Christian Leaders Challenge G8 to Keep Promises to Poor
Christian leaders challenge G8 nations to do everything they can to deliver the Millennium Development Goals.
Christian leaders joined together in Rostock, northern Germany, on Saturday 2 June 2007 to remind G8 leaders of their commitment to the poor and the promises they made to halve extreme poverty by 2015.
|PIC1|Geoff Tunnicliffe, International Director of the World Evangelical Alliance, Rev Joel Edwards, General Director of the Evangelical Alliance in the UK, and Michael Smitheram, International Coordinator of Micah Challenge International, are all in Rostock for a Christian youth training camp currently being hosted by Micah Challenge Germany.
Micah Challenge is a worldwide movement of churches, Christian organisations and individuals pressuring governments to do more to fulfil the Millennium Development Goals they agreed to in 2000 to halve extreme poverty by 2015.
This year marks the half-way point and as the G8 leaders prepare to meet in Rostock next week, the three organisational heads are joining Christians around the world in blowing the whistle on their governments to hold them to account on their promises to the poor.
"We're here as Christians to represent the millions of people in our global network who couldn't be here but are every day impacted by extreme poverty," said Mr Tunnicliffe, whose organisation represents around 430 million Christians worldwide, many of whom reside in countries with the most to gain from the MDGs.
He added: "We are here to remind government leaders that they need to keep the promises they made in providing aid and assistance to the poor."
Rev Tunnicliffe, Rev Edwards and Mr Smitheram were all present at a special interdenominational service in Rostock's largest church, the Marienkirche, ahead of next week's G8 summit in nearby Heiligendamm.
During the service, Rev Edwards urged more Christians to get involved with the Micah Challenge movement, which is spiritually inspired by Micah 6.8.
"We want to deepen our commitment to the poor and we want to advocate for and with the poor," he said. "We invite God's church across the world to do justice, love mercy and walk with God."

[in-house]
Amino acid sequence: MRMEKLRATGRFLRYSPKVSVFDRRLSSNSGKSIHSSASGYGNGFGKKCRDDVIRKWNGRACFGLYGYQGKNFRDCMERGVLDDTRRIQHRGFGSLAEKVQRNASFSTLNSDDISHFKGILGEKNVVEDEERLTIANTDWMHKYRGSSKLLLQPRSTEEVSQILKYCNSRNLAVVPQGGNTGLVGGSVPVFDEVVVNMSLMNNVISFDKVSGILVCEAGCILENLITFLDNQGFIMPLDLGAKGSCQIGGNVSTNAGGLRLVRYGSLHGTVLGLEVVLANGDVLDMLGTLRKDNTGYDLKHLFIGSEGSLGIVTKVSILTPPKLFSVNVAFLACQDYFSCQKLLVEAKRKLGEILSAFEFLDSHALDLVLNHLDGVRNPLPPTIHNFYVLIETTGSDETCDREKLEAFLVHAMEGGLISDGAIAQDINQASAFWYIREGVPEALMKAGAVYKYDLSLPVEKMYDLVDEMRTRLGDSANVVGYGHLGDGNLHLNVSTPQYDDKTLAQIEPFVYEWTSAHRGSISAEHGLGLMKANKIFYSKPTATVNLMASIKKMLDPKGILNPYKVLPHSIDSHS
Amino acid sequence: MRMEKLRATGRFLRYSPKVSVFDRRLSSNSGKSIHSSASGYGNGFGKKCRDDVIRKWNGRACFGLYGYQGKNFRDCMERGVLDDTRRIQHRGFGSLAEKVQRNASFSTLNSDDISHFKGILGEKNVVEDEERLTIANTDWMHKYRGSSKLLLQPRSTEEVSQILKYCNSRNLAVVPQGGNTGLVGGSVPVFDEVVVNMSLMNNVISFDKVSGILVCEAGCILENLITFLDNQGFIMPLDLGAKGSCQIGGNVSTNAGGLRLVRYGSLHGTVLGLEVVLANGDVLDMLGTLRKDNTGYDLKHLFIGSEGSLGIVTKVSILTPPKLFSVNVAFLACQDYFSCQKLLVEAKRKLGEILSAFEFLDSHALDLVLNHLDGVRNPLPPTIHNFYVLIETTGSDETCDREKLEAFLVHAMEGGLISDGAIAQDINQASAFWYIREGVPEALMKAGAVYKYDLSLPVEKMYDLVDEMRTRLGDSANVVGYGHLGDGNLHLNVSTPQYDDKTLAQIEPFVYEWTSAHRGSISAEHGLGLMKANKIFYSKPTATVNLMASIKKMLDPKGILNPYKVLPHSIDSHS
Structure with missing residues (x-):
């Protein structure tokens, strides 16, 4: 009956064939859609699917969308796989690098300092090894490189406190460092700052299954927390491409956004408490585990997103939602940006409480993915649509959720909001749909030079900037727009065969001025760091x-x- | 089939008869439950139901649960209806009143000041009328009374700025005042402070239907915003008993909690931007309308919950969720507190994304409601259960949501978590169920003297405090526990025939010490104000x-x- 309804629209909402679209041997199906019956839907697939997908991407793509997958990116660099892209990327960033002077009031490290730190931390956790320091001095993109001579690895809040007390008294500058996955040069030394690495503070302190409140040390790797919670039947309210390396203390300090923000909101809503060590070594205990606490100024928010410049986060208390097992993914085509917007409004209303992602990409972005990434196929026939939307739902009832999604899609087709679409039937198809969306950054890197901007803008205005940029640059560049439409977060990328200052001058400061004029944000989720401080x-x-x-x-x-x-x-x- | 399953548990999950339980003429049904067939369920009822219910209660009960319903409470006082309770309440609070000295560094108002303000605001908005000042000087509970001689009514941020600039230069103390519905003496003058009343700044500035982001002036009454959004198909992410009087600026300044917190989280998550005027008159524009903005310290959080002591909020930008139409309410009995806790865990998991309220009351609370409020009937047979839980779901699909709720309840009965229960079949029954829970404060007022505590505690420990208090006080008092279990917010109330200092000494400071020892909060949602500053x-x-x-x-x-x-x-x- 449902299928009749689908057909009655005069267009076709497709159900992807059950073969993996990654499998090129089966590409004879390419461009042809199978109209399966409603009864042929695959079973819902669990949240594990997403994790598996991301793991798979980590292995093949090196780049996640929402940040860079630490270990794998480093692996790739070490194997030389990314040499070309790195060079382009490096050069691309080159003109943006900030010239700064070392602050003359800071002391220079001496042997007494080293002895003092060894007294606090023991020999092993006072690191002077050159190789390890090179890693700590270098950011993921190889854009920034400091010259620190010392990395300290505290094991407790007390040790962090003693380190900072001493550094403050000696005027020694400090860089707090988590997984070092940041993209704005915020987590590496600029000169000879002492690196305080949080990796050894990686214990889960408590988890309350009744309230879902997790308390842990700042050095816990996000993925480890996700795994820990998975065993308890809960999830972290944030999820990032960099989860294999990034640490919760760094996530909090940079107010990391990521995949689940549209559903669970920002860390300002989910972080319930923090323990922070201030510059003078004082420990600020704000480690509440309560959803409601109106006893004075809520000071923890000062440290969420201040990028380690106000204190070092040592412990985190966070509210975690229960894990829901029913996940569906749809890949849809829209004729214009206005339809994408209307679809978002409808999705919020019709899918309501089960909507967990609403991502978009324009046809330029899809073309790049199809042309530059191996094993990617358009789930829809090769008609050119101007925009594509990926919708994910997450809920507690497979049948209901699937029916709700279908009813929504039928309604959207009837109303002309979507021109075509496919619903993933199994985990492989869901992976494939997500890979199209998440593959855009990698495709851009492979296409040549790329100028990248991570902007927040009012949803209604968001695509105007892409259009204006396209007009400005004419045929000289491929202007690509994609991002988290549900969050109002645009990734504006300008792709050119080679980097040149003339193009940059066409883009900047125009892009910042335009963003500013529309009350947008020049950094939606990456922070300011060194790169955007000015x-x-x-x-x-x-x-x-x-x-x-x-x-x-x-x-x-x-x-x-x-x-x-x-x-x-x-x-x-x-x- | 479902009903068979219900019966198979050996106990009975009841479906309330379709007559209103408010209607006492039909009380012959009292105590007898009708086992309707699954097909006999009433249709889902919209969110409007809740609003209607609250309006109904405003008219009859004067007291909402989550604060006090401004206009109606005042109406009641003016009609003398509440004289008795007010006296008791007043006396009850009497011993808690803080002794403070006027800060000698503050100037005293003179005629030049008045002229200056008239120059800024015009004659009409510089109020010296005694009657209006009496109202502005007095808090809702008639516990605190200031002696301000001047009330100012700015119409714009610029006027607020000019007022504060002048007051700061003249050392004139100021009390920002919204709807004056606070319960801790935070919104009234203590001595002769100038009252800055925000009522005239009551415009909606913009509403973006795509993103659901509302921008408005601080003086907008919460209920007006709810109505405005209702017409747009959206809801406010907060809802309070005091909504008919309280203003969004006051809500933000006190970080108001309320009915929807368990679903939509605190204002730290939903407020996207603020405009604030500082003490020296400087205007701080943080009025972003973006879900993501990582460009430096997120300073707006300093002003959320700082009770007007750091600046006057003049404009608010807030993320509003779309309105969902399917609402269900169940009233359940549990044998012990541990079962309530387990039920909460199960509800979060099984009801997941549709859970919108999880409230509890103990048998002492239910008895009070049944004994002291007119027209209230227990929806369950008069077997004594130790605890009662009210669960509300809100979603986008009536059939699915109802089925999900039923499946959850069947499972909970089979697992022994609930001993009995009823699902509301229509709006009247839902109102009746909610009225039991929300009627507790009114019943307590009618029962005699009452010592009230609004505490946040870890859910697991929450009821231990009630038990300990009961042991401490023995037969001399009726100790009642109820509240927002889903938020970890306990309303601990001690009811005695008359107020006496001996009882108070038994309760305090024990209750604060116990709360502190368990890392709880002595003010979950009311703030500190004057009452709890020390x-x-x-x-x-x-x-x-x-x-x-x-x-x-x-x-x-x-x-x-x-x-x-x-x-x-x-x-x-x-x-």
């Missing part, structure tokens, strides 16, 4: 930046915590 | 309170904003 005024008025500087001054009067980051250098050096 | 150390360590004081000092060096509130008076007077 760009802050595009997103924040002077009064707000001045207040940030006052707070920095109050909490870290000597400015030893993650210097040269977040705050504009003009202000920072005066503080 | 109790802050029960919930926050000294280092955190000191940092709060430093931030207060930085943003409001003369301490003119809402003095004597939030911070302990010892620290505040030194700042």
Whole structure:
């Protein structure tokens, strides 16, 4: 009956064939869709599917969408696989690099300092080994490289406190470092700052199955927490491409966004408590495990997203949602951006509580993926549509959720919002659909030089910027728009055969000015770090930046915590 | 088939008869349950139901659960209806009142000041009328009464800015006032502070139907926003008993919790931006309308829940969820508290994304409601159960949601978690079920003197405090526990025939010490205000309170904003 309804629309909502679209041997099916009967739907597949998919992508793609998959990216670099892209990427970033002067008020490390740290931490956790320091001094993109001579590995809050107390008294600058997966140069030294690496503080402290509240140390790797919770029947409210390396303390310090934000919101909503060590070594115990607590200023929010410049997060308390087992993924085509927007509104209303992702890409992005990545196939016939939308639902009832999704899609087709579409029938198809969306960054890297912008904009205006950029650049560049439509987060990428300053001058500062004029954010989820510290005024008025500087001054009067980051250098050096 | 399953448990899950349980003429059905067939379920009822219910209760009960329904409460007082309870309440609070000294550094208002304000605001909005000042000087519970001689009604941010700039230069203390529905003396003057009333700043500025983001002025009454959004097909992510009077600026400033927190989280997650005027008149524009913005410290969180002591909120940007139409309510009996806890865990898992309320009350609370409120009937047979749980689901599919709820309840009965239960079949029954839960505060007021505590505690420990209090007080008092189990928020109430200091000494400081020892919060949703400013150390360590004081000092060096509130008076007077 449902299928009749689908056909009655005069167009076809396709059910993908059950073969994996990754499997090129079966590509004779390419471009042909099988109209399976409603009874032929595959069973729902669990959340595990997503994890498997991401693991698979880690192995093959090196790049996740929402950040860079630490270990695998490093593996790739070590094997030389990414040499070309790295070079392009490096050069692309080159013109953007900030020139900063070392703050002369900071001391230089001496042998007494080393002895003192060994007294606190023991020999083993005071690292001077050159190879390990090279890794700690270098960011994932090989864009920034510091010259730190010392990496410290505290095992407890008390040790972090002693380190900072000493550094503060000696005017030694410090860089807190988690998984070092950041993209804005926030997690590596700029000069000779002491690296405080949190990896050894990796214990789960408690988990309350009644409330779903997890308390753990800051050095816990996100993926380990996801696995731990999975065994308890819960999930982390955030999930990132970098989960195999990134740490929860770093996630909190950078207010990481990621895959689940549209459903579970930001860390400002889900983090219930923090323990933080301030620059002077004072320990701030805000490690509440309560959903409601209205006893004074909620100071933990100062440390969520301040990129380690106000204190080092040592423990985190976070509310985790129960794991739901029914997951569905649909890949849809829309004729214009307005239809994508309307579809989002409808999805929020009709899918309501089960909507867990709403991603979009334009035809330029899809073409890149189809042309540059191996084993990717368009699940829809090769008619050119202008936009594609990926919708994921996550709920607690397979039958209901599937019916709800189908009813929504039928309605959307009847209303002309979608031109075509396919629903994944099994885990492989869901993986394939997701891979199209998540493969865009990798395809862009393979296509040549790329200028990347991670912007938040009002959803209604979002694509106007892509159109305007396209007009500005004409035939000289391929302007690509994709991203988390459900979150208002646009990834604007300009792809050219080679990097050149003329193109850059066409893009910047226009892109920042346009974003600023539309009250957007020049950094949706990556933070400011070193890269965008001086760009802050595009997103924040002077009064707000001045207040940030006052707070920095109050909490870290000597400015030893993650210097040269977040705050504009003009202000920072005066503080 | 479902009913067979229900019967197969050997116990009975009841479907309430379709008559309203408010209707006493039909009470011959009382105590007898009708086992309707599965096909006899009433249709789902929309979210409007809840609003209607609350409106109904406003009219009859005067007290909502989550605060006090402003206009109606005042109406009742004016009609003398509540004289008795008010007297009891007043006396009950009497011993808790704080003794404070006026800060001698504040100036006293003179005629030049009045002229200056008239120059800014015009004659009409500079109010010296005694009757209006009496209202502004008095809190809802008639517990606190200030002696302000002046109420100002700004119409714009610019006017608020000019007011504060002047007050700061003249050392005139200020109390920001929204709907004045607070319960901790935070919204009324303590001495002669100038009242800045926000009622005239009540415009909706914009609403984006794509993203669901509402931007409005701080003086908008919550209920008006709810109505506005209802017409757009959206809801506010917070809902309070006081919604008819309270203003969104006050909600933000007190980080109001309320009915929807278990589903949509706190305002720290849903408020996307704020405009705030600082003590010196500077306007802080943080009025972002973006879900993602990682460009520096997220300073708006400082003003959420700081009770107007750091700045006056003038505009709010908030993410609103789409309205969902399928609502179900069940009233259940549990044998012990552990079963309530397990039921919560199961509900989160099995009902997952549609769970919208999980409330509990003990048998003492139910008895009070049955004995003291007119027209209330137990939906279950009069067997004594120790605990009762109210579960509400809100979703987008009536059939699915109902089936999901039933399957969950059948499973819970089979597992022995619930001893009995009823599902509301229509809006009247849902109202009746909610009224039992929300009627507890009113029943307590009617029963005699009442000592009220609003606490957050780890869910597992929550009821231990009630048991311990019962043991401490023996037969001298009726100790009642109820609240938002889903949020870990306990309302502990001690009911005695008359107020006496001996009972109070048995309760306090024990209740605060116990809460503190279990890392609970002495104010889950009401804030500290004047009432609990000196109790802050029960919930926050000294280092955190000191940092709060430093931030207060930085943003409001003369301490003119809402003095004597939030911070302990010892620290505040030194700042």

The church was packed with hundreds of concerned Christians who joined in prayers for an end to global poverty and held balloons bearing 25,000 signatures of those in support of Third World debt cancellation.
The prayers were led by Christian leaders from around the world, including Tanzania and Nigeria, who also prayed for greater access to and representation for developing nations at the G8 in the future.
Rev Edwards said: "Millions of people around the world are looking to the G8 nations to meet the promises they made to halve extreme poverty by 2015. These people are real, their poverty is real and people are literally dying every day.
"We want the G8 leaders to do everything they can to change that reality when they meet in Heiligendamm and, looking beyond that, follow up the agreements they reach with real and robust action."
Amid reports of violent protests at the Rostock rally, the three leaders stressed that the majority of the people there were very peaceful in reminding the G8 leaders to keep their promises on international aid to the poor.
Mr Smitheram said: "Many feel frustrated about the scale of poverty around the globe and we are all looking to country leaders to play their part in ending that poverty, but violence is never the answer. Instead, we must reflect God's heart for mercy and justice for the poor and the marginalised.